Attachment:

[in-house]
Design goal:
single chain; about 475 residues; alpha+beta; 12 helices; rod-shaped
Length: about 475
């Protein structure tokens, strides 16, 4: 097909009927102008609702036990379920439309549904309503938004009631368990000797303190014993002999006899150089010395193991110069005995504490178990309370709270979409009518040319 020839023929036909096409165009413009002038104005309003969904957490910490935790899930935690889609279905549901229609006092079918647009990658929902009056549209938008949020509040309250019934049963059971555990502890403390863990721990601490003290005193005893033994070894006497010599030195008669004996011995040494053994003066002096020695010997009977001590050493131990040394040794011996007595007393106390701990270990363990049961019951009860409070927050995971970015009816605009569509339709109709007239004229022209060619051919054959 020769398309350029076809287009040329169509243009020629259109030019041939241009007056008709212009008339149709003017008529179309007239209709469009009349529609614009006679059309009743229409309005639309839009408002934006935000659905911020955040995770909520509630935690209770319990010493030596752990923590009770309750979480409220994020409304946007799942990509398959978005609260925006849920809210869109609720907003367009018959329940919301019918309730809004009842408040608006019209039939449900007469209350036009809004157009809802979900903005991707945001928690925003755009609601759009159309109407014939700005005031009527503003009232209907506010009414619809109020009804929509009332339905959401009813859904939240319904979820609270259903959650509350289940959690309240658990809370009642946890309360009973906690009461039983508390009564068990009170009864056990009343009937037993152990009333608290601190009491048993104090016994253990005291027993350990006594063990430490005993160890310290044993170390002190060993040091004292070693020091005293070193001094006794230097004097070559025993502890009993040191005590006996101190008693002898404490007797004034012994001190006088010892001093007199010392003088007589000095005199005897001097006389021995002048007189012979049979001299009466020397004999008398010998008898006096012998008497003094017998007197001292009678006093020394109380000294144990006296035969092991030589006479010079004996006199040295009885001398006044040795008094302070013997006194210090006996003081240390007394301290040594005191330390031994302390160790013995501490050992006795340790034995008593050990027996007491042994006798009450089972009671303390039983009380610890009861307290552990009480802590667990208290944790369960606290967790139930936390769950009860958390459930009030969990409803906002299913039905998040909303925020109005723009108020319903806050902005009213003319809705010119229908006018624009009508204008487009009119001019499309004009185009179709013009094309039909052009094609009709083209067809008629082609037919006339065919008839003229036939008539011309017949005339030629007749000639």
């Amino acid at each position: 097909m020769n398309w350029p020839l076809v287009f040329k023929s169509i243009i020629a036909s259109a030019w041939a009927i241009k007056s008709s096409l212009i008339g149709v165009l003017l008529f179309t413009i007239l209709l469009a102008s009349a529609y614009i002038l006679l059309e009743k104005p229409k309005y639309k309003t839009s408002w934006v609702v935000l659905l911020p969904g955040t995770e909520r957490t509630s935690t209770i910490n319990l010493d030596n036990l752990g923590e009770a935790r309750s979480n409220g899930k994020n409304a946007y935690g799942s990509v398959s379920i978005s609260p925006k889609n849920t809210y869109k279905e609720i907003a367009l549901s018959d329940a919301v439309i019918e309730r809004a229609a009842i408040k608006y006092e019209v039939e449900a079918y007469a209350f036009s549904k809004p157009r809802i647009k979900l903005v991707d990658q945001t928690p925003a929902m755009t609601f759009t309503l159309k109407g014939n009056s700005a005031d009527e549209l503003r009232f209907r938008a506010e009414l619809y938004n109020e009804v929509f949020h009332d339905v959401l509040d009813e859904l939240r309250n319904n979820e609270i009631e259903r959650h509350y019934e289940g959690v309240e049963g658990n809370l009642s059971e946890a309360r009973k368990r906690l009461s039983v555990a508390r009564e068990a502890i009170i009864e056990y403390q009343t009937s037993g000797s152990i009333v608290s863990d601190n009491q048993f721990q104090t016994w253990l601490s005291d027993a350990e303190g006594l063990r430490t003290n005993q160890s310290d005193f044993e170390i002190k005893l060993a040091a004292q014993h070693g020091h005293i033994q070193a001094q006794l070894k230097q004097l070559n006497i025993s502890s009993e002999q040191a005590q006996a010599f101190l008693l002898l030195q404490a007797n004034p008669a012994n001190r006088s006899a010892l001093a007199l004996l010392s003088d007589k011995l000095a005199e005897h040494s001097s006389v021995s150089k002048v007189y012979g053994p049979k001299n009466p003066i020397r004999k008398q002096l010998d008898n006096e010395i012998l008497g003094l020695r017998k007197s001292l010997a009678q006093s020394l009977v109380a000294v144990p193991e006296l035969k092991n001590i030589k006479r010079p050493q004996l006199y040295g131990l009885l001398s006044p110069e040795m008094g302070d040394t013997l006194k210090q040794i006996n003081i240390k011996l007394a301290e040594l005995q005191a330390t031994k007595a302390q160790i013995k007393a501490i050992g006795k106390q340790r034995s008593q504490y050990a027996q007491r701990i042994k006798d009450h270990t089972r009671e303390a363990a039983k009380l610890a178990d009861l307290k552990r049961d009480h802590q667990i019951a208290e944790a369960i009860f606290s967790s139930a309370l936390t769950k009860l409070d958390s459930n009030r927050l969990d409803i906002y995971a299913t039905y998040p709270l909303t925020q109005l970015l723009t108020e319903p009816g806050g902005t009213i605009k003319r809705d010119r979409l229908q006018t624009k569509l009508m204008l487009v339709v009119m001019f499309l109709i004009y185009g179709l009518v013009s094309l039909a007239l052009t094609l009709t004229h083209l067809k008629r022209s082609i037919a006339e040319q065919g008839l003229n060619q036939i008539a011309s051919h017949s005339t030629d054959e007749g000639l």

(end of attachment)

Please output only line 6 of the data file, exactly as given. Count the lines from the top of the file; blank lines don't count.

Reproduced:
């Amino acid at each position: 097909m020769n398309w350029p020839l076809v287009f040329k023929s169509i243009i020629a036909s259109a030019w041939a009927i241009k007056s008709s096409l212009i008339g149709v165009l003017l008529f179309t413009i007239l209709l469009a102008s009349a529609y614009i002038l006679l059309e009743k104005p229409k309005y639309k309003t839009s408002w934006v609702v935000l659905l911020p969904g955040t995770e909520r957490t509630s935690t209770i910490n319990l010493d030596n036990l752990g923590e009770a935790r309750s979480n409220g899930k994020n409304a946007y935690g799942s990509v398959s379920i978005s609260p925006k889609n849920t809210y869109k279905e609720i907003a367009l549901s018959d329940a919301v439309i019918e309730r809004a229609a009842i408040k608006y006092e019209v039939e449900a079918y007469a209350f036009s549904k809004p157009r809802i647009k979900l903005v991707d990658q945001t928690p925003a929902m755009t609601f759009t309503l159309k109407g014939n009056s700005a005031d009527e549209l503003r009232f209907r938008a506010e009414l619809y938004n109020e009804v929509f949020h009332d339905v959401l509040d009813e859904l939240r309250n319904n979820e609270i009631e259903r959650h509350y019934e289940g959690v309240e049963g658990n809370l009642s059971e946890a309360r009973k368990r906690l009461s039983v555990a508390r009564e068990a502890i009170i009864e056990y403390q009343t009937s037993g000797s152990i009333v608290s863990d601190n009491q048993f721990q104090t016994w253990l601490s005291d027993a350990e303190g006594l063990r430490t003290n005993q160890s310290d005193f044993e170390i002190k005893l060993a040091a004292q014993h070693g020091h005293i033994q070193a001094q006794l070894k230097q004097l070559n006497i025993s502890s009993e002999q040191a005590q006996a010599f101190l008693l002898l030195q404490a007797n004034p008669a012994n001190r006088s006899a010892l001093a007199l004996l010392s003088d007589k011995l000095a005199e005897h040494s001097s006389v021995s150089k002048v007189y012979g053994p049979k001299n009466p003066i020397r004999k008398q002096l010998d008898n006096e010395i012998l008497g003094l020695r017998k007197s001292l010997a009678q006093s020394l009977v109380a000294v144990p193991e006296l035969k092991n001590i030589k006479r010079p050493q004996l006199y040295g131990l009885l001398s006044p110069e040795m008094g302070d040394t013997l006194k210090q040794i006996n003081i240390k011996l007394a301290e040594l005995q005191a330390t031994k007595a302390q160790i013995k007393a501490i050992g006795k106390q340790r034995s008593q504490y050990a027996q007491r701990i042994k006798d009450h270990t089972r009671e303390a363990a039983k009380l610890a178990d009861l307290k552990r049961d009480h802590q667990i019951a208290e944790a369960i009860f606290s967790s139930a309370l936390t769950k009860l409070d958390s459930n009030r927050l969990d409803i906002y995971a299913t039905y998040p709270l909303t925020q109005l970015l723009t108020e319903p009816g806050g902005t009213i605009k003319r809705d010119r979409l229908q006018t624009k569509l009508m204008l487009v339709v009119m001019f499309l109709i004009y185009g179709l009518v013009s094309l039909a007239l052009t094609l009709t004229h083209l067809k008629r022209s082609i037919a006339e040319q065919g008839l003229n060619q036939i008539a011309s051919h017949s005339t030629d054959e007749g000639l």